Mary Nutting, the founding Executive Director of the South Peace Regional Archives, passed away on Monday, April 20, after a two-year battle with breast cancer. She was 67.
Nutting discovered her passion for history after spending a year in England and subsequently discovering the rich history of the Peace Region. After several years of volunteering at the Grande Prairie Museum, she completed an initial survey to identify the locations of archival records of the South Peace. In 2000, she became the founding Executive Director of the South Peace Regional Archives, where she worked for the next 17 years.
One of Nutting’s great passions was connecting people to their history. She enjoyed exploring the family collections and helping people in their “treasure hunts” through the Archives. Mary once shared this particularly memorable encounter: “Not long after the Archives opened in 2000, I received a request to view a particular diary. The visitor was the grand-daughter of the author and had never seen the diary in question. She smiled at me as I handed her the file, but then an amazing thing happened. As her hand touched the cover of the diary, the tears began to stream down her face. She was not just reading about an historical event, but touching her grand-mother in this document that had been so personal to her at a memorable and difficult time. It surprised us both, I think.”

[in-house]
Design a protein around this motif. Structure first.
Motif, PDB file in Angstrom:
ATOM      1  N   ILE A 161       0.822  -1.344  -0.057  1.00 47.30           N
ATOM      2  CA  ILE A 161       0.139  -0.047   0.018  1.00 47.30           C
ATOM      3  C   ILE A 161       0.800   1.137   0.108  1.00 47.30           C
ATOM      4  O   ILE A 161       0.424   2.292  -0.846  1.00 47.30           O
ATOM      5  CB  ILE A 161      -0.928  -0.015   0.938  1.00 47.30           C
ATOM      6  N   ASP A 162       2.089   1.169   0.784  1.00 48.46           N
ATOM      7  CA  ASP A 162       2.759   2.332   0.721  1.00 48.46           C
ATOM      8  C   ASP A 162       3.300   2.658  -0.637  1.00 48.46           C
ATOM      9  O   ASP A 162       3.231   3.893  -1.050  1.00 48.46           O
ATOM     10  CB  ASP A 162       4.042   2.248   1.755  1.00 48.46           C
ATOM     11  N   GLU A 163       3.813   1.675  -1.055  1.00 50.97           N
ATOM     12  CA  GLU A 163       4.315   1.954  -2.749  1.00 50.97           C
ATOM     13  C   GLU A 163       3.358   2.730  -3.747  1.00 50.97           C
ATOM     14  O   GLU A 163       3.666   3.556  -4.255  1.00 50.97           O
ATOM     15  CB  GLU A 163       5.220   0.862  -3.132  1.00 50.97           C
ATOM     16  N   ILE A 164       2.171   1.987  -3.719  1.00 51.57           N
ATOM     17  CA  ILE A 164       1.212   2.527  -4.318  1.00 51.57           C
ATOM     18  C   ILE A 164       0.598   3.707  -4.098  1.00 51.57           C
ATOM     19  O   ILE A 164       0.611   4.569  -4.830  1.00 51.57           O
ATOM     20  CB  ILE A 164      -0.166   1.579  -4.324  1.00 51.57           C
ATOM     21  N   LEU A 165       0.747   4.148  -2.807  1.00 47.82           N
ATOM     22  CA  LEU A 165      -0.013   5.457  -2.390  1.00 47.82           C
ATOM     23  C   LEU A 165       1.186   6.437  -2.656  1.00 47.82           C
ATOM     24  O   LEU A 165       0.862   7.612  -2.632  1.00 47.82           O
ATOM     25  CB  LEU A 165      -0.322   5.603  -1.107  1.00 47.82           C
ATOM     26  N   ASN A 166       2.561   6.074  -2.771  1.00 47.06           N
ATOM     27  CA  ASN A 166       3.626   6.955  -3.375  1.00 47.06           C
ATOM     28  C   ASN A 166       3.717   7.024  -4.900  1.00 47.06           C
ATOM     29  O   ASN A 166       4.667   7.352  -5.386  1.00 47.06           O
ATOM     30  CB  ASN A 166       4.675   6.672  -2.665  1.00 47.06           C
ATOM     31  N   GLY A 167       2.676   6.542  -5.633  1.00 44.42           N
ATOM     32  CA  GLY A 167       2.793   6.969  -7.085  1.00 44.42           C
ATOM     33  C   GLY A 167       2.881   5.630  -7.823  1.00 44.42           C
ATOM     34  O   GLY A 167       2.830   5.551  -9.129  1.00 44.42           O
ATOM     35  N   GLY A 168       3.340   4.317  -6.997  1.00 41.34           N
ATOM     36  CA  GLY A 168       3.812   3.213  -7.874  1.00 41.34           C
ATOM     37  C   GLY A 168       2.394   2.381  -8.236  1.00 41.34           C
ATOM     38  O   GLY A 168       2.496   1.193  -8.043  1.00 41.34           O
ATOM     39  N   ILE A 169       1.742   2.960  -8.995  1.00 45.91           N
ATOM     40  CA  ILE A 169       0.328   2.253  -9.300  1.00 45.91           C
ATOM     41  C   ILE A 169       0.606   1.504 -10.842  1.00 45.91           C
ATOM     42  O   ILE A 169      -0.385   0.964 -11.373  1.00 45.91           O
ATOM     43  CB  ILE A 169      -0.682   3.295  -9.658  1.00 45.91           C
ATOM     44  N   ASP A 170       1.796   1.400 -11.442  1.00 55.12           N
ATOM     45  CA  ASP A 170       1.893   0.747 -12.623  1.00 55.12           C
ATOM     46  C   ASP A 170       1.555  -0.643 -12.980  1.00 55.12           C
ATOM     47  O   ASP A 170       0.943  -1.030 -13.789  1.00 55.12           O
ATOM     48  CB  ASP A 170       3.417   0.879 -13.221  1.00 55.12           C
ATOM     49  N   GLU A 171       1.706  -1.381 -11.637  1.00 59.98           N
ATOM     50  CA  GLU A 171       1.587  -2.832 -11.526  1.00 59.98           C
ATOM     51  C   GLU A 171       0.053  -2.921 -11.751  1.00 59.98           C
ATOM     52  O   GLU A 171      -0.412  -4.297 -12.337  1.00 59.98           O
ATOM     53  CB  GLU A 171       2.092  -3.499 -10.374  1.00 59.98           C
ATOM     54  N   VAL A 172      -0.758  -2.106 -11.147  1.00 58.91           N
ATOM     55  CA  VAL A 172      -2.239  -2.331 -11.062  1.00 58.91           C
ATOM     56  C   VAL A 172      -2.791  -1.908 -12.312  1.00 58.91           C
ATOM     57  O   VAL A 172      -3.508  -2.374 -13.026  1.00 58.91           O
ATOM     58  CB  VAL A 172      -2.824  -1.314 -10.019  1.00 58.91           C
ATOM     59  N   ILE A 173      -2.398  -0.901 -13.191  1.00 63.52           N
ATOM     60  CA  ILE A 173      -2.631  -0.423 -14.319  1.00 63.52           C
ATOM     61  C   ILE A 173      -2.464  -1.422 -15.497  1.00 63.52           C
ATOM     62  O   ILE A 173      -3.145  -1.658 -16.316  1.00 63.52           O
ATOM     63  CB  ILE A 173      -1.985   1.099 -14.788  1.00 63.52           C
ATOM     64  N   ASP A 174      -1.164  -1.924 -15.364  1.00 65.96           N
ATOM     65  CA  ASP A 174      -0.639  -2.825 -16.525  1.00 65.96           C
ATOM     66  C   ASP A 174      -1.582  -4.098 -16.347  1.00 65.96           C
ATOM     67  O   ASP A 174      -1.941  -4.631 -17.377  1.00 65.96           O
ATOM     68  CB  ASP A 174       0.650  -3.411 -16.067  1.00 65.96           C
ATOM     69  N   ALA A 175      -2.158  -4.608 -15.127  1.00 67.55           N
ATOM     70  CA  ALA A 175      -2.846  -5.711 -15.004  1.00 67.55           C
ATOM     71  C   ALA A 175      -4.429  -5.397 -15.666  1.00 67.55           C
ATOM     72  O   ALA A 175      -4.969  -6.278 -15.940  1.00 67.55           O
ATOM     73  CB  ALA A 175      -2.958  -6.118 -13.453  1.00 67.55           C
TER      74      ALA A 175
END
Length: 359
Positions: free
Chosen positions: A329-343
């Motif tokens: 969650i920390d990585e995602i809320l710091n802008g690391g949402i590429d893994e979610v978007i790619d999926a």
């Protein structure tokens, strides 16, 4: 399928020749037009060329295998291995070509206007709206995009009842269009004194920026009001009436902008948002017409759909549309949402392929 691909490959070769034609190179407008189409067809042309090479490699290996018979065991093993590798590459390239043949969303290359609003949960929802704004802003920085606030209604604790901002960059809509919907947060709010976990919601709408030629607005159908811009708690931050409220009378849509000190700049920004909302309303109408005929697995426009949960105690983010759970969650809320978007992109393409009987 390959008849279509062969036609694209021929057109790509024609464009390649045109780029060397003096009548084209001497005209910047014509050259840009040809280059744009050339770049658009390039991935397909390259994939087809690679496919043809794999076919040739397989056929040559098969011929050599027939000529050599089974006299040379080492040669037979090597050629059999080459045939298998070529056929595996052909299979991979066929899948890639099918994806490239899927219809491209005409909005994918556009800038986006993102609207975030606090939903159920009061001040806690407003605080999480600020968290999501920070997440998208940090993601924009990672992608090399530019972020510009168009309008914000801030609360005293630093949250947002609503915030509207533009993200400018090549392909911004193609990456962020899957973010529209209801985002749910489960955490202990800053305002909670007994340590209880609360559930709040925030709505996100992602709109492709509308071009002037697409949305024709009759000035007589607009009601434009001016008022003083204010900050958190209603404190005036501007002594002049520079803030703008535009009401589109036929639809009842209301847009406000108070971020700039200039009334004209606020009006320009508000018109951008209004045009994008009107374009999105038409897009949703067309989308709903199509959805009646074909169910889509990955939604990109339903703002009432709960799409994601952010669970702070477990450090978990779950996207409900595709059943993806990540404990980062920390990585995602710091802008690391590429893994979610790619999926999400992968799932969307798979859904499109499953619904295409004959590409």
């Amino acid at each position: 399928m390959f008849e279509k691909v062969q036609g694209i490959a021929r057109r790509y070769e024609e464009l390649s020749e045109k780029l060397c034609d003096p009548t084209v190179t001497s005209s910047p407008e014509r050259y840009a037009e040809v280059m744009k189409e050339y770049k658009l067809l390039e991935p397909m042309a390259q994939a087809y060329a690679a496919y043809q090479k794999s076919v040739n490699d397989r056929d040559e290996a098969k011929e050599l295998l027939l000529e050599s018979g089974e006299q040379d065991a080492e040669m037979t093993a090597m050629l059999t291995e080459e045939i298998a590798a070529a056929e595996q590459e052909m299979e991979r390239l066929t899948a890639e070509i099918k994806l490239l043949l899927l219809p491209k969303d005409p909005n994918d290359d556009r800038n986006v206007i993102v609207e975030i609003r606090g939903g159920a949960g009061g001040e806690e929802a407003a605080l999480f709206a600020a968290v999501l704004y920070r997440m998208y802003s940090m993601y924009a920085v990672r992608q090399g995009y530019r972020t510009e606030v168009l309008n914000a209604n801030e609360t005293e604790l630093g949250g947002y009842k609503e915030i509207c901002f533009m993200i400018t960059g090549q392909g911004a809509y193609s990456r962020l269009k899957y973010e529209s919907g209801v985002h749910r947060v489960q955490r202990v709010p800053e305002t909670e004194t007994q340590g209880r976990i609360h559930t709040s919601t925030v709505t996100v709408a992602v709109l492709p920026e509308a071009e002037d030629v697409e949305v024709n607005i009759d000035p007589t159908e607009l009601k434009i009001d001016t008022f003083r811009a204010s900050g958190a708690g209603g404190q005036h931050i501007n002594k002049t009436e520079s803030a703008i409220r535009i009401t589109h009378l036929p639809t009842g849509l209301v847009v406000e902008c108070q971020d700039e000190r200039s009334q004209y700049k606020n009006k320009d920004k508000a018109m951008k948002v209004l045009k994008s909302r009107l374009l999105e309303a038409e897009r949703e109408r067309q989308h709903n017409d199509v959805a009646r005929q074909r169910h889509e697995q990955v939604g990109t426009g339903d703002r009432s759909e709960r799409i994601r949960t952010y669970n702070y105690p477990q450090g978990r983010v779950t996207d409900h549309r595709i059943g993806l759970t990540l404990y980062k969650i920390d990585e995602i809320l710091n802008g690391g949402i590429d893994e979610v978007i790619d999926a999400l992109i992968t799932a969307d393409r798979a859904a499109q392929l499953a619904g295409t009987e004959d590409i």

Among her proudest achievements was authoring and contributing to numerous historical publications, including Olwen’s Scrapbook: A Journey to the Peace Country in 1933 and A Grande Education: 100 Schools in the County of Grande Prairie,1910-1960. Her contributions to preserving local history were recognized by numerous awards through the years.
She once said of her work in the Archives: “The South Peace Regional Archives are all about time. The time that has passed, the time that keeps on passing, but also the time that is given to all of us to create a future for that past time.”
Funeral was held on Friday, April 24, in Grande Prairie.
“Mary’s time with the Archives created a legacy that will endure for generations. Her tireless work to preserve our region’s history profoundly impacted our organization, and so many others. She will be deeply missed by all who knew her, and her impact will be felt by countless others,” an announcement from the Archives said.